When possible, it’s also important to spend some time in the sun without sunscreen for vitamin D production. I try to get a few minutes of morning sunlight each morning, plus more in the afternoons. And of course, it’s really important to eat your sunscreen! There are also supplements and high-nutrient foods that help us avoid burning when we don’t use sunscreen.

About this time of year, I start taking a specific regimen of supplements that help reduce inflammation and improve sun tolerance. Here’s what I take:

  • Vitamin D3 (I take about 5,000 IU/day)- Emerging evidence shows that optimizing blood levels of Vitamin D can have a protective effect against sunburn and skin cancer. Here’s where I get it.
  • Vitamin C – (I take about 2,000 mg/day)- A potent anti-inflammatory and it’s good for the immune system too. What I use.
  • Coconut Oil– the Medium Chain Fatty Acids and saturated fat are easily utilized by the body for new skin formation and are protective against burning. I don’t use this as much anymore since my body does better with fewer saturated fats.
  • Fish Oil – I like to get my fish oil naturally from low-mercury fish options like salmon and sardines. These healthy Omega-3s reduce inflammation and help protect skin. Here’s what I use when I need a fish oil supplement.
  • Astaxanthin– A highly potent antioxidant that research shows acts as an internal sunscreen. It’s also anti-aging, anti-inflammatory, plus other benefits! I use this one.

Do you use sunscreen? What kind do you use? Share below!

These sunscreen lotion bars contain zinc for a natural sunscreen without the chemicals. The natural coconut oil and butters provide SPF and moisturize skin.
Katie Wells Avatar

About Katie Wells

Katie Wells, CTNC, MCHC, Founder of Wellness Mama and Co-founder of Wellnesse, has a background in research, journalism, and nutrition. As a mom of six, she turned to research and took health into her own hands to find answers to her health problems. WellnessMama.com is the culmination of her thousands of hours of research and all posts are medically reviewed and verified by the Wellness Mama research team. Katie is also the author of the bestselling books The Wellness Mama Cookbook and The Wellness Mama 5-Step Lifestyle Detox.


338 responses to “Homemade Sunscreen Sticks”

  1. Lacie Avatar

    I don’t have silicon molds. Do you think it would stick If I lined a muffin tin with wax paper? About how many normal size deodorant containers would one batch of this recipe fill? And (maybe I missed it) about what spf is this?
    And between this and your other recipe, which would be better overall for a day on the boat and in the water? I.e.: most waterproof and best sun protection so I am not a lobster at the end of the day ?
    Thanks a bunch I am excited to try it!

  2. Becca Gray Avatar
    Becca Gray

    What Vitamin E oil do you use?
    I have heard of using jojoba and carrot seed oil as well. What are your thoughts on those?

  3. Kimberly Avatar

    This sounds awesome! The only question I have is about it being water proof. The beeswax in it makes it water proof…Correct?

  4. Becca Avatar

    What Vitamin E oil do you use? I have also seen jojoba oil and carrot seed oil added to similar recipes. Thoughts on those? Thanks!

  5. sarah Avatar

    This might be a silly question but when you say vanilla, is that vanilla extract or something else? Vanilla scent sounds lovely! 🙂

  6. Holli Avatar

    Could you please confirm that you give all of these supplements to your children, except for astaxanthin? Thank you so, so much for sharing all of this with us! As a mama to 6, this website is such a blessing!

    1. Wellness Mama Avatar

      I do give the supplements besides astaxanthin to my kids (in smaller than adult doses), but check with a doc if you have any specific questions or concerns.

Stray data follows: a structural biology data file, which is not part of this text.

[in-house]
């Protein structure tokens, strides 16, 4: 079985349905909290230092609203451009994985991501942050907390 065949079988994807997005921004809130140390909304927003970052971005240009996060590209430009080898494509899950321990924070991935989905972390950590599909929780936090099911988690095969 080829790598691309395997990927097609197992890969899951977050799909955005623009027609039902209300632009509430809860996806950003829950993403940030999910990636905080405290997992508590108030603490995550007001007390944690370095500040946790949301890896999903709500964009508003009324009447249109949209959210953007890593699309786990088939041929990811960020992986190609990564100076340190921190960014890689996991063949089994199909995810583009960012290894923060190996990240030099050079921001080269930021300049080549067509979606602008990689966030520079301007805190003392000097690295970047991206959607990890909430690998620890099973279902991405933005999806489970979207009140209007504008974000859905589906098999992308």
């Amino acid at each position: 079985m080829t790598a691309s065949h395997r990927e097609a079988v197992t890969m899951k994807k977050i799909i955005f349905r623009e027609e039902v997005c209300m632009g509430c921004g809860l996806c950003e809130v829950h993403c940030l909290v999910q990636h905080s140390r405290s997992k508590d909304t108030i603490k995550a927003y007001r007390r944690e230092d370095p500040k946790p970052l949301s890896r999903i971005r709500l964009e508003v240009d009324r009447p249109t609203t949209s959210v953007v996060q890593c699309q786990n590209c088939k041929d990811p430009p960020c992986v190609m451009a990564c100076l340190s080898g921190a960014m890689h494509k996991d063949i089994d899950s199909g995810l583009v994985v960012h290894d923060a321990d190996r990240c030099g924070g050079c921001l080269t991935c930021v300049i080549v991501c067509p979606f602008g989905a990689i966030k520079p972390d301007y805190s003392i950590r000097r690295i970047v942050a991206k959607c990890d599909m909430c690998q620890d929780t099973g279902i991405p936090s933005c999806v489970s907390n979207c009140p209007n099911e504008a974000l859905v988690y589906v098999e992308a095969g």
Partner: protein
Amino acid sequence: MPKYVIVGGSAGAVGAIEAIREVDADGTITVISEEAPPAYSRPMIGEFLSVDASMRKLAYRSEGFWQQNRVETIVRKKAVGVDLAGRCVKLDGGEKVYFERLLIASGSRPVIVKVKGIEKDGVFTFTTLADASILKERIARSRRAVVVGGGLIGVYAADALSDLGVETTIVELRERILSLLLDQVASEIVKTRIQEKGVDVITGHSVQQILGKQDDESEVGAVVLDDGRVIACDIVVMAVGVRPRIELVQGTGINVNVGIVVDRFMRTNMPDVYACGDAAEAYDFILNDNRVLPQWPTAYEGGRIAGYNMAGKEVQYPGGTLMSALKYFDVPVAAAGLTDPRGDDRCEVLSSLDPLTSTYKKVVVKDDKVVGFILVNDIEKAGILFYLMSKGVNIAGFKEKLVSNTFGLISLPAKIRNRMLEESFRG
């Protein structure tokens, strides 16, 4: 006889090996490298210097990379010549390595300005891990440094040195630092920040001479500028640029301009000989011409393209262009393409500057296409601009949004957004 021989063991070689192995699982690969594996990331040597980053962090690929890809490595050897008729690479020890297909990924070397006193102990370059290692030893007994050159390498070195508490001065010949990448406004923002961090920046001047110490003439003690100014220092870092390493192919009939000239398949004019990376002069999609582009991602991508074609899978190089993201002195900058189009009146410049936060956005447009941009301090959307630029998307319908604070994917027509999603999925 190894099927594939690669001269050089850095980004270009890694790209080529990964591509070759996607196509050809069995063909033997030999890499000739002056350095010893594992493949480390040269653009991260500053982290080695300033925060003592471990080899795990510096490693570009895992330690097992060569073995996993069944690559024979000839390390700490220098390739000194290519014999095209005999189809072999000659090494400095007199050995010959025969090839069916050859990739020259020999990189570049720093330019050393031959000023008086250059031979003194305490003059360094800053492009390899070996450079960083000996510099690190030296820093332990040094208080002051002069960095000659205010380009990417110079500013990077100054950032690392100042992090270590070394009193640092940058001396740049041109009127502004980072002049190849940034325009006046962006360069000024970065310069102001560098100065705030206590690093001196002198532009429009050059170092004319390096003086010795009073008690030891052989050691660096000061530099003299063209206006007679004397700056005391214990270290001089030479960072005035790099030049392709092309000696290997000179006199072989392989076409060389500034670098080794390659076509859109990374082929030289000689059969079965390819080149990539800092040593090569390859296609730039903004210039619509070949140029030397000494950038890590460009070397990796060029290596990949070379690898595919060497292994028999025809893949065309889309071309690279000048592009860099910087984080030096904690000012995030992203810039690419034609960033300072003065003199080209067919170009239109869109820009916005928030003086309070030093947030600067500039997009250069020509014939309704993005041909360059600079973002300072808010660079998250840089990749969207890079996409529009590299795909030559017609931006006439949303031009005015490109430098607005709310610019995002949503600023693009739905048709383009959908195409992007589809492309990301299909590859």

7. Clare Avatar

    Is there any way to avoid the clumping from zinc oxide? I want to make the sunscreen smooth but it always turns out clumpy? I’ve sifted the zinc, used less, mixed completely, blended longer and it’s always clumpy?

  8. Camille Avatar

    I tripled the amount of zinc oxide in my recipe and it still didn’t work, I’ve been getting tan..which isn’t a good sign. I haven’t been spending much time in the sun, definitely less than 2 hours at a time. I even added red raspberry seed oil, which has it’s own spf. Does the liquid version work better?

    I had to invest in the ingredients so I really want to figure this out.

    1. Barb Lloyd Avatar
      Barb Lloyd

      CAMILLE: I had the same problem… I added way more zinc and no help. An hr into the sun, I burnt. I don’t have raspberry seed oil but do have carrot seed oil, which I added. .. and no luck.

      1. Camille Avatar

        It’s frustrating isn’t it?! hopefully the author will offer some advice.. I’ve been using Blue Lizard sunscreen in the meantime but man, it’s expensive.

  9. Holly Ezell Avatar
    Holly Ezell

    Just a warning – i put 1 tsp of carrot seed oil in mine and the smell is quite overwhelming! Not really in a good way either?

  10. Gina Avatar

    1/4 cup of coconut oil in a cup of tea sounds like a lot. My doctor recommended more like a teaspoon per cup. Do you use 1/4 cup of oil??

  11. Rebekah Avatar

    Is there another zinc oxide you’d recommend as the two links listed are unavailable.

  12. Jessica W Avatar
    Jessica W

    I am looking for an infant safe sunscreen. Would this be safe for a newborn? We are avoiding prolonged sun exposure, but we want to get out safely with 2year old sister this summer!

  13. Desiree Avatar

    Can you use carrot and red raspberry oil in this recipe??

  14. Tiffany Avatar

    this may have been asked a million times but there are so many comments! lol How does the amount of zinc determine the SPF? More specifically how will I know what amount of zinc to use to get the approx. SPF I want. For example, the 2 tbsp in your recipe gives this an SPF of…?

    I hope this makes sense lol
    Thank you!

  15. Brenda Avatar

    I made the homemade sunscreen and was wondering how do you wash the containers? Since the substance is waterproof I am facing a difficult time with cleaning up.


  16. Sarah Avatar

    Hey Katie!

    The link for the non-nano Zinc Oxide that you use is telling me that it is currently unavailable. They do not know when or if it will be back in stock. Is there another brand that you recommend?

    Thanks so much!

      1. Sarah Avatar

        Thank you so much Katie! Thank you for the recipe, your suggestions, and your prompt response! 🙂 God bless you.


  17. Celeste Avatar


    I can’t use any coconut products. Is there a substitute ingredient for coconut oil in your sunscreen recipe?

  18. Karen Avatar

    I understand that raspberry seed oil has a high spf. It also has properties good for the skin. Would you recommend using it in the sunscreen as well, if so how would I incorporate it to the recipe?